Stealing Home: Looting, Restitution, and Reconstructing Jewish Lives in France, 1942-1947

Hardcover | January 19, 2017

byShannon L. Fogg

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Between 1942 and 1944 the Germans sealed and completely emptied at least 38,000 Parisian apartments. The majority of the furnishings and other household items came from "abandoned" Jewish apartments and were shipped to Germany. After the war, Holocaust survivors returned to Paris to discovertheir homes completely stripped of all personal possessions or occupied by new inhabitants. In 1945, the French provisional government established a Restitution Service to facilitate the return of goods to wartime looting victims. Though time-consuming, difficult, and often futile, thousands ofpeople took part in these early restitution efforts. Stealing Home demonstrates that attempts to reclaim one's furnishings and personal possessions were key in efforts to rebuild Jewish political and social inclusion in the war's wake. Far from remaining silent, Jewish survivors sought recognition of their losses, played an active role in politics,and turned to both the government and each other for aid. Drawing on memoirs, oral histories, restitution claims, social workers' reports, newspapers, and government documents, Stealing Home provides a social history of the period that focuses on Jewish survivors' everyday lives during the lengthyprocess of restoring citizenship and property rights. It examines social rebirth through the prism of restitution and argues that the home was critical in shaping the postwar relationship between Jews and the state, and in the successes and failures associated with rebuilding Jewish lives in Franceafter the Holocaust.

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Between 1942 and 1944 the Germans sealed and completely emptied at least 38,000 Parisian apartments. The majority of the furnishings and other household items came from "abandoned" Jewish apartments and were shipped to Germany. After the war, Holocaust survivors returned to Paris to discovertheir homes completely stripped of all person...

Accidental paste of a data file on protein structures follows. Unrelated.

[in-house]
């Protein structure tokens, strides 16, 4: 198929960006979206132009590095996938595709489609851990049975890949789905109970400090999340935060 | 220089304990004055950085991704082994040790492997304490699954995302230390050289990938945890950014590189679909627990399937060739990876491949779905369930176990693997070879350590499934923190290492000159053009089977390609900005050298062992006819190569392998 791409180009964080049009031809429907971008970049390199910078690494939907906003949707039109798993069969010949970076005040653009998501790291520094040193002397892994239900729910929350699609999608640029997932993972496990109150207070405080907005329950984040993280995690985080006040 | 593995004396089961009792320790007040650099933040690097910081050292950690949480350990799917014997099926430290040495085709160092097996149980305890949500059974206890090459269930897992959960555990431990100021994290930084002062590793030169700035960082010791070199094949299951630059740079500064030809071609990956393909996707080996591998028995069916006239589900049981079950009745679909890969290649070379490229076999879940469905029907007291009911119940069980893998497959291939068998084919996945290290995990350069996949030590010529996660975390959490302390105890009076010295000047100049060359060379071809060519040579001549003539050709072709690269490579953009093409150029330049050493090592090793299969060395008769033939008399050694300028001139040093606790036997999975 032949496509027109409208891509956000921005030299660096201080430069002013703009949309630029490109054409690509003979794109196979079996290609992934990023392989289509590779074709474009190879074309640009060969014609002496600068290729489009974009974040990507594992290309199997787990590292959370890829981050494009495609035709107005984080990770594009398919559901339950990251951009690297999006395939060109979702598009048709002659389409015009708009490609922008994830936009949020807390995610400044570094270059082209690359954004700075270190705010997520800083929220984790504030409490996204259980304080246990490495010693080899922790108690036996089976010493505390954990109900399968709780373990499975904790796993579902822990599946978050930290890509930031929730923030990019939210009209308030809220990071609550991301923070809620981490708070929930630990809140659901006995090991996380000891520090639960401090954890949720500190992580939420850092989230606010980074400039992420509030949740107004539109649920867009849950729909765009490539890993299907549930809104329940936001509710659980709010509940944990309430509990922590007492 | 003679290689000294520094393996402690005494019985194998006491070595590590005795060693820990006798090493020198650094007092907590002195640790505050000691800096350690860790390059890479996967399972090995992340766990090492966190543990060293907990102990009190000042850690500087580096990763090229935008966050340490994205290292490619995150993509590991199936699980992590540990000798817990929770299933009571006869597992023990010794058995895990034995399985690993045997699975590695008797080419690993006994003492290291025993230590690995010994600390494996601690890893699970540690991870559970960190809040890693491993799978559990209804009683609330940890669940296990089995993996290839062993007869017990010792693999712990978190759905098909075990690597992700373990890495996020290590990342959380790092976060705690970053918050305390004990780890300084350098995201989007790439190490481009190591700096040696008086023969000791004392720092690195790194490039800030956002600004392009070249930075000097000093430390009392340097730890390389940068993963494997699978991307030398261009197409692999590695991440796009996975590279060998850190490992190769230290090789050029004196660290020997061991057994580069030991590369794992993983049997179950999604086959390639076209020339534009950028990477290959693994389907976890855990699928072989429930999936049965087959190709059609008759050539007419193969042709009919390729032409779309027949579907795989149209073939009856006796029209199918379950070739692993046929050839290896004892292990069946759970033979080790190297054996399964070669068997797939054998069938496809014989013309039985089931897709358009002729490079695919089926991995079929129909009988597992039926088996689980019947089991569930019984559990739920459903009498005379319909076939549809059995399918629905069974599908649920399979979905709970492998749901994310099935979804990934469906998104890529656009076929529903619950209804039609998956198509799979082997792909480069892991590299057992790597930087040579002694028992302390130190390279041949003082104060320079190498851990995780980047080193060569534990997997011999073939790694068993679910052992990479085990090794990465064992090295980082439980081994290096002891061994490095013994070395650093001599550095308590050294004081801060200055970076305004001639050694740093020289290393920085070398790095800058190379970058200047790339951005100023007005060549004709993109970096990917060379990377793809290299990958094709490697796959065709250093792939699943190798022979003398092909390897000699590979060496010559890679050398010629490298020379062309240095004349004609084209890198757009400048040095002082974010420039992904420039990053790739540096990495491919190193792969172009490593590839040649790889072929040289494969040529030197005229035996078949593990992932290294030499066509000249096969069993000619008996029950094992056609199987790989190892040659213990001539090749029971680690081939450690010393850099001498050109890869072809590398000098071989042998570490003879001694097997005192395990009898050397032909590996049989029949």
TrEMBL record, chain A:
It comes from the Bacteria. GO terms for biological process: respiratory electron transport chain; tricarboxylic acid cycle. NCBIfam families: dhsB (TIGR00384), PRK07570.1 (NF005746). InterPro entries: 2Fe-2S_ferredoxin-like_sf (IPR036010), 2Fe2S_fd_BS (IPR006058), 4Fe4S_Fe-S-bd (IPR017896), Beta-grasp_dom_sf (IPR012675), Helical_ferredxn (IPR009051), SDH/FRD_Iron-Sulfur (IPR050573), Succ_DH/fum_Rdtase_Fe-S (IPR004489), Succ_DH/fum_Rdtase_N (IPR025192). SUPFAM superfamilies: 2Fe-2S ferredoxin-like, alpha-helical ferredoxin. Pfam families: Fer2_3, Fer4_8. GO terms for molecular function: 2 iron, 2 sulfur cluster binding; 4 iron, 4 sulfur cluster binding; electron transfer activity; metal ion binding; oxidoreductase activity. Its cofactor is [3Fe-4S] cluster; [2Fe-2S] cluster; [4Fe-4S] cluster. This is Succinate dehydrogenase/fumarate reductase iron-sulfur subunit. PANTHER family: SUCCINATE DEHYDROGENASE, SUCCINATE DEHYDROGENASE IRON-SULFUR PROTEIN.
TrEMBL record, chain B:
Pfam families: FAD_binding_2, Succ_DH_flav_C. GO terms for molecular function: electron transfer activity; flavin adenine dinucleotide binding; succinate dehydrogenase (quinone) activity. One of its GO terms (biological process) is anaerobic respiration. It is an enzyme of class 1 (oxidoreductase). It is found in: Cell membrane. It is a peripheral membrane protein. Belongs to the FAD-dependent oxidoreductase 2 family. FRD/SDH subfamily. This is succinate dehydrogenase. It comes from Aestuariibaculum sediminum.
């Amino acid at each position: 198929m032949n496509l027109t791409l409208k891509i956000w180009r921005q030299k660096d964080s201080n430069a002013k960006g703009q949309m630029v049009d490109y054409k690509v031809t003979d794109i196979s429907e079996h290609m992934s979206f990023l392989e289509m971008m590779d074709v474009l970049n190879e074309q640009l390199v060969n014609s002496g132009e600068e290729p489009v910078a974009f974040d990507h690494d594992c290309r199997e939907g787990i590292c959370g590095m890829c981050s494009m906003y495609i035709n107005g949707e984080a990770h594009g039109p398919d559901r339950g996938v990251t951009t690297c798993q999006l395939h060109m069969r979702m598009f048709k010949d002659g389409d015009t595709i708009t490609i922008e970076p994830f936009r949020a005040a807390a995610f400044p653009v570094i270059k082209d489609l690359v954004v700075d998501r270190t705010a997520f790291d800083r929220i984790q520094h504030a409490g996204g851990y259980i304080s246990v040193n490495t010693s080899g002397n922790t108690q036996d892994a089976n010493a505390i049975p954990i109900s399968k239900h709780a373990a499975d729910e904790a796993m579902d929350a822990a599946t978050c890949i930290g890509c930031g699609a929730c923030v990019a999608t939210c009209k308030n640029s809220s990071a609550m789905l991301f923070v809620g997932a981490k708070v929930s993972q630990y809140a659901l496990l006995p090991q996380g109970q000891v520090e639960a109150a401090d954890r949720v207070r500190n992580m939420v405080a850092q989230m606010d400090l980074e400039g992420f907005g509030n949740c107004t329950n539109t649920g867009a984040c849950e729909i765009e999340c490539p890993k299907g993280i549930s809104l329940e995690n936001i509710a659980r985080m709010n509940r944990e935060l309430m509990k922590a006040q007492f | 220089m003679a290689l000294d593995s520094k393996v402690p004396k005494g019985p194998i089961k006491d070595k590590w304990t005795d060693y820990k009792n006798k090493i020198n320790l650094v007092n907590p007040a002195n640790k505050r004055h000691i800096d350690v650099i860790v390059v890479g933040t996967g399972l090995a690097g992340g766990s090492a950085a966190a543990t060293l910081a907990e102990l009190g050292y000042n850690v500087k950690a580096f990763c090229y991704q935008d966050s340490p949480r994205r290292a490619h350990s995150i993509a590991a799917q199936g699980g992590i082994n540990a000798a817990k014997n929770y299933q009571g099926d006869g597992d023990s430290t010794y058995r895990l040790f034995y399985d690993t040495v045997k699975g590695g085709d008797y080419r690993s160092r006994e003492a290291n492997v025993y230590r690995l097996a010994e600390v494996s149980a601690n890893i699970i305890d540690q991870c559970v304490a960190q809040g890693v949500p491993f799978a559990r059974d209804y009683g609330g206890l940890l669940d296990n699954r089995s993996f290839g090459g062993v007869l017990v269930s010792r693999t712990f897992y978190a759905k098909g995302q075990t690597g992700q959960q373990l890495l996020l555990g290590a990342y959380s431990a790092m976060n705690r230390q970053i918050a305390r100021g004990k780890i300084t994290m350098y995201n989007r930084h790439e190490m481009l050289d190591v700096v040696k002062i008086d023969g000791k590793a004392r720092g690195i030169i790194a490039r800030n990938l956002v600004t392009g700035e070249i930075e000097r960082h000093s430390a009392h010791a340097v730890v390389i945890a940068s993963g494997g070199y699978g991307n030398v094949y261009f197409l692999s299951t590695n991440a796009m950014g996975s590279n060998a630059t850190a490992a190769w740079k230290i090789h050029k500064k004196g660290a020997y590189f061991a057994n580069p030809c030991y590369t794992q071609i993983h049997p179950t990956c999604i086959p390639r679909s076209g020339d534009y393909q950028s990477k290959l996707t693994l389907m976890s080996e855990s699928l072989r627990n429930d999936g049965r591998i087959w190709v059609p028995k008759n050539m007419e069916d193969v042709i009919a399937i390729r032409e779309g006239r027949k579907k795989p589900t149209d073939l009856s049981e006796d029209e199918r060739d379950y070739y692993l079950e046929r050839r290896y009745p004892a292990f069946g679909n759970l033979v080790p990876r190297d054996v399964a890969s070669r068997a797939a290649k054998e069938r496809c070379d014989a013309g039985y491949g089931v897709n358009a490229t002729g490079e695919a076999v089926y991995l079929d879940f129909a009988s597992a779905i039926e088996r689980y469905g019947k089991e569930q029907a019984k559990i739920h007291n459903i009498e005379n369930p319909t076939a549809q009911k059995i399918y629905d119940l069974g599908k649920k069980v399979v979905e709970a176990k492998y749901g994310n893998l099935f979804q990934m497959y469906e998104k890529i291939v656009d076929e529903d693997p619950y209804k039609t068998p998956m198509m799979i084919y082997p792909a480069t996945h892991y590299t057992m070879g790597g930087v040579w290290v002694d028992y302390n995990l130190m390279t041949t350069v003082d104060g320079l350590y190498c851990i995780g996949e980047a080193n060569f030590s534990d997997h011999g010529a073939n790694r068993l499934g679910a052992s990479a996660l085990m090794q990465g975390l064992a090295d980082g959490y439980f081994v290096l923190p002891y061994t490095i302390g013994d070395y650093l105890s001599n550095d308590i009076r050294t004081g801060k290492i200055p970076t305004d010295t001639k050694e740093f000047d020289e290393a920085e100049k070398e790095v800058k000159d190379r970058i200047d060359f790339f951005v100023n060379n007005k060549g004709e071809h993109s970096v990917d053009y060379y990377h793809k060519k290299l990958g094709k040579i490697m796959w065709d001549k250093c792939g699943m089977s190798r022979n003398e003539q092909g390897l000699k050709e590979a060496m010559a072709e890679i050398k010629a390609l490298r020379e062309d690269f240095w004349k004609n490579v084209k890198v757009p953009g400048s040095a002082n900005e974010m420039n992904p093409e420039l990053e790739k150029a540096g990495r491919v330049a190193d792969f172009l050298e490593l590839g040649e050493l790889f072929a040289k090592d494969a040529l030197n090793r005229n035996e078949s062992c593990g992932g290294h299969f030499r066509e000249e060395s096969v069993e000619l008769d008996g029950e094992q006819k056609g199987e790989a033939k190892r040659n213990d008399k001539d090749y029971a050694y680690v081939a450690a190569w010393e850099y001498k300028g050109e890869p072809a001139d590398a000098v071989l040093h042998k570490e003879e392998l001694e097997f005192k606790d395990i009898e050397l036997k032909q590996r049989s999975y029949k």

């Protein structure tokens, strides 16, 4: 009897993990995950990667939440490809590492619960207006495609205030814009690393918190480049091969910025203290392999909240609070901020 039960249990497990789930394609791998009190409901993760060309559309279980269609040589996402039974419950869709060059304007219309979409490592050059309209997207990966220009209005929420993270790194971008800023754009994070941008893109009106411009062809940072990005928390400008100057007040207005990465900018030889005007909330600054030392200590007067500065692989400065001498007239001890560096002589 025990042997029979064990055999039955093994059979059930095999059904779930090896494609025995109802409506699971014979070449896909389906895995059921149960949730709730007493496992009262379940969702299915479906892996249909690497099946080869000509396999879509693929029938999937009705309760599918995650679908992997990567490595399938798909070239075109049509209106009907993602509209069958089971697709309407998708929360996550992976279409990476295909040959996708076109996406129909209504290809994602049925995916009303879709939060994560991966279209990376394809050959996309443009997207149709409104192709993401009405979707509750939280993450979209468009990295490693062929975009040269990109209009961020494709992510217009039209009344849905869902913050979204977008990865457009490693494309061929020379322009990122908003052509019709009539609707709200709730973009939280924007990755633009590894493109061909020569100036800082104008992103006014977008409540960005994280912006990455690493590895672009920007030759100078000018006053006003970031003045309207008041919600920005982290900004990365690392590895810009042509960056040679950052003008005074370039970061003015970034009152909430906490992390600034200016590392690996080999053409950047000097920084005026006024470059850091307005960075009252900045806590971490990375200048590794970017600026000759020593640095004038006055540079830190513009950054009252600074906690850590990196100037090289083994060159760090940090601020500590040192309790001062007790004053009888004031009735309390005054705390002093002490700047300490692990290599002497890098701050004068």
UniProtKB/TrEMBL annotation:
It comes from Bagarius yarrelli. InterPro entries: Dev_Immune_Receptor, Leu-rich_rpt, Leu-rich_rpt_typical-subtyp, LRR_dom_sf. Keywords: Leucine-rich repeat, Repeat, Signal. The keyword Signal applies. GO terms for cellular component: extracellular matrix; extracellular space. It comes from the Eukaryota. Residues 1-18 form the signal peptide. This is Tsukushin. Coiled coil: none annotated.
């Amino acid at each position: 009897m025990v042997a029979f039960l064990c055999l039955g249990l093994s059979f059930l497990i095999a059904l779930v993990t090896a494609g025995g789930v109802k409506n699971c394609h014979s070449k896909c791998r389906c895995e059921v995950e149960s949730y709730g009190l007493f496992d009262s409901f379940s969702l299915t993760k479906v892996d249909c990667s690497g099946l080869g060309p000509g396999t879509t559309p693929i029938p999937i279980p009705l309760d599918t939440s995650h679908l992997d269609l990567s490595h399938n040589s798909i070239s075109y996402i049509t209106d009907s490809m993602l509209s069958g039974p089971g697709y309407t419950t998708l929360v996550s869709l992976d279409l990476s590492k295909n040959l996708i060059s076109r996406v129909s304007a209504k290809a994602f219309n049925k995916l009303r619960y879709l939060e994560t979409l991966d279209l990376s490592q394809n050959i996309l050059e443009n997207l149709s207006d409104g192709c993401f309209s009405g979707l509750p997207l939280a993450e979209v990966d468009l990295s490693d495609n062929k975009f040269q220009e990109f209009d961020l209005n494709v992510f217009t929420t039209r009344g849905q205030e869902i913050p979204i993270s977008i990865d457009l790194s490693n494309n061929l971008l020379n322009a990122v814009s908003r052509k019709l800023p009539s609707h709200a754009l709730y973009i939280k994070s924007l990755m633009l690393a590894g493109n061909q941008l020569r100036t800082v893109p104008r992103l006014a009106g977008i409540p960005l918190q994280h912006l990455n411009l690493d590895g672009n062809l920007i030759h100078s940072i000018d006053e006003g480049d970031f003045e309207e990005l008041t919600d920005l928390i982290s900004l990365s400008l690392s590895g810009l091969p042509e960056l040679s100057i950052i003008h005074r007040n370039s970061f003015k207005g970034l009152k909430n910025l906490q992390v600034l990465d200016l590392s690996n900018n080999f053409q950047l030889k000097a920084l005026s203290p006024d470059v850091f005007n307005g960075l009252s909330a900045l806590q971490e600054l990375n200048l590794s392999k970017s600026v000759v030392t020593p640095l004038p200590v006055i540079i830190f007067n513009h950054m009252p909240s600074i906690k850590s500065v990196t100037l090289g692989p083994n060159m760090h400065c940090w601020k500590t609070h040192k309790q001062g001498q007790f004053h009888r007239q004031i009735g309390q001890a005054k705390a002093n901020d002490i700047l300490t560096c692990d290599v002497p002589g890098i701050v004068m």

Shannon L. Fogg is professor of history at Missouri University of Science and Technology and the author of The Politics of Everyday Life in Vichy France: Foreigners, Undesirables, and Strangers.

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Format:HardcoverDimensions:224 pages, 9.21 × 6.02 × 0.1 inPublished:January 19, 2017Publisher:Oxford University PressLanguage:English

The following ISBNs are associated with this title:

ISBN - 10:019878712X

ISBN - 13:9780198787129

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Table of Contents

PrefaceIntroduction: Restitution: Rebuilding Jewish Lives in Twentieth-Century FrancePART I1. Reconstructing Homes: Jewish Private Lives in Postwar ParisPART II2. Displaced Persons, Displaced Possessions: The Furniture Operation in France3. Competing Claims: Housing, the Restoration of Republicanism, and the Myth of Unity4. The Restitution Service: The Creation of a Republican BureaucracyPART III5. Rebuilding Families: The Gendering and Meaning of Home6. Reclaiming Rights: Jewish Communal Responses to Material Loss7. Social Rebirth: The Role of Public and Private Aid in Rebuilding the Jewish CommunityConclusion: Coming to Terms with the Past